Practice Areas - Attorney Mark Rademacher


Custody is the charge and control of a child, including the right to make all major decisions such as education, religious upbringing, place of residence, medical care, and general, health and welfare. Custody usually refers to a combination of physical custody and legal custody. Many factors influence an award of custody and the way a case is presented in court can have a large impact on the result for you and your children. If you are awarded the children as a primary custodial parent, it has far reaching consequences both to you and to their well-being and development.

Child Support:

Child support is a periodic payment made between parents (usually from a non custodial parent) to the custodial parent to help compensate a child’s living expenses; i.e., food, clothes, etc., and any other related debts. When one parent is awarded primary custody, the non-custodial parent is required to fulfill his or her child support obligation by making set payments, whereas the custodial parent meets his or her support obligation through the custody itself. When parents are awarded joint custody in a divorce, however, the support obligation is shared and is based on a ratio of each parent’s income and the amount of time the child spends with each parent, among other factors.

The obligation to support minor children cannot be waived by either parent and is a right enjoyed by the child, not the parent. The State of California has guidelines that factor the amount of child support, such as the amount of time spent with the child, the income of both parents, filing status for tax purposes and other factors. The Court may allow deduction items such as catastrophic medical expenses and travel expenses for visitation.

Relocation of the Child/Children:

When faced with a relocating custodial parent, the court will generally require that parent to give the other parent notice prior to the anticipated move. This notice gives the non-custodial parent an opportunity to go to court and seek orders restraining the relocation of the child, if the relocation affects the non-moving parent’s abiity to have custody time with the child.

These so-called move-away cases have often led to highly contentious litigation that is expensive and difficult. While the best interests of the child have always been central to the decision, the uncertainty has made this area murky. Assistance of counsel is highly recommended. Issues involving two or more different states are governed by the Uniform Child Custody Jurisdiction Act (UCCJA) and the Federal Parental Kidnapping Prevention Act (PKPA).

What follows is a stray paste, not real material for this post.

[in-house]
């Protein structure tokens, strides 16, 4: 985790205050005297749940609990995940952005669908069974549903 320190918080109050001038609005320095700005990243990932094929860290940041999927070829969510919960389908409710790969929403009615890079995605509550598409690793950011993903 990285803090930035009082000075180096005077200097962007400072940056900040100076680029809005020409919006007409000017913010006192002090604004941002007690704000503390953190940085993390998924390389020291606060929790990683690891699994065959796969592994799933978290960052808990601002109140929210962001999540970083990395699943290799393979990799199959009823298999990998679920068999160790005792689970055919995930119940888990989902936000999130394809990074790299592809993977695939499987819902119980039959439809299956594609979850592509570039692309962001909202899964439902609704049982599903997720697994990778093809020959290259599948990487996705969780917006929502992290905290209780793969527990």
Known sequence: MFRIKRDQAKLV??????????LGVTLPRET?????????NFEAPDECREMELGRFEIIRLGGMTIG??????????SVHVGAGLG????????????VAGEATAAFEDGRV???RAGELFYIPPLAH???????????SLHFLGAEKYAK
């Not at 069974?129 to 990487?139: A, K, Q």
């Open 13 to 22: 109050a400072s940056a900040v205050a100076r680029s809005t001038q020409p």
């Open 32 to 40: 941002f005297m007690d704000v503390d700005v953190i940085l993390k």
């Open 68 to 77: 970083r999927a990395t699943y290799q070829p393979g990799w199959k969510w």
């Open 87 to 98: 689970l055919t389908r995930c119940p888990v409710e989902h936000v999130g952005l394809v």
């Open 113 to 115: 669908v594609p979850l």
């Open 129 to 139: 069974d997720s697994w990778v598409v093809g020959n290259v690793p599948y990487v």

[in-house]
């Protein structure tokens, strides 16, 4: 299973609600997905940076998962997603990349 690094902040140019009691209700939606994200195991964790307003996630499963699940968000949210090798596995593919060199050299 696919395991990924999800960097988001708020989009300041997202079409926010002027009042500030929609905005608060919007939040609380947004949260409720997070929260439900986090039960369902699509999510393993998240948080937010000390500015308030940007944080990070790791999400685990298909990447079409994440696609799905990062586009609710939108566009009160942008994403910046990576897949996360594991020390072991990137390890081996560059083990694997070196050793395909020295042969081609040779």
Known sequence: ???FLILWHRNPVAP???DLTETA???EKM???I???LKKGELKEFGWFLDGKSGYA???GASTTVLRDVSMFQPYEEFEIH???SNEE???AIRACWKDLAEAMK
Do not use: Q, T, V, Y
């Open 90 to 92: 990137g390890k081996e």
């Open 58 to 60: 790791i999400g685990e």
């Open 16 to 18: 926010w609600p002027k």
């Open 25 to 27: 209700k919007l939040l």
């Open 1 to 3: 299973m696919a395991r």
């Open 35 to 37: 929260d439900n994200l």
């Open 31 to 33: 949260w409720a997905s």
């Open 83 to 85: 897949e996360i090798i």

Spousal Support (Alimony):

Alimony is temporary or permanent financial support paid from one separated spouse to the other, usually in monthly installments. Alimony is designed to provide the lower-income spouse with money for living expenses over and above the money provided by child support. Long term alimony differs from child support because it is at the discretion of the judge who relies upon a statute for guidance. Child support is usually determined by state-sanctioned guidelines.


A court of law is the only way in which one can obtain a divorce decree, legal separation, or other form of terminating a marriage. Other than the termination of the marriage itself, the court also has jurisdiction to resolve other issues that are intertwined in the existing marriage. These include, but are not limited to: custody and visitation rights, division of property of the marital estate, spousal support, child support, restraining orders, etc.

Prenuptial Agreements:

A prenuptial agreement,(often referred to as a pre-marital agreement or a “pre-nup”) is a written contract created by two individuals who plan to be married. This agreement lists all individually owned property, such as homes and businesses, family assets, stocks and bonds, savings accounts as well as debts, and specifies what will and will not remain individually owned property after the legalization of marriage. Prenuptial agreements also specify whether spousal support will be paid in the event of a divorce, and the intentions regarding distribution of individually owned property upon death.

Factors that cannot be stipulated in prenuptial agreements are binding legal matters such as child support; i.e., a couple cannot lawfully agree in a prenuptial agreement that either party will in no way be responsible for child support. An agreement regarding spousal support upon divorce can also be disregarded by the court if it is deemed to be unconscionable.

Property and Debt Division:

Community property obtained during marriage, regardless of whose name it is under, can be divided. Community property can include real estate, a pension plan, vehicles, bank accounts, income tax refunds and/or household furnishings. However, property that is inherited by one spouse is not considered community property and thee are other types of property that can be acquired during marriage that will be considered solely the property of one of the spouses (i.e. separate property).

Take Action to Protect Your Rights

If you or a loved one is facing a divorce or child custody case in the Los Angeles metropolitan area and you need the help of an experienced family law attorney, call Mark H. Rademacher today at 626-792-8425,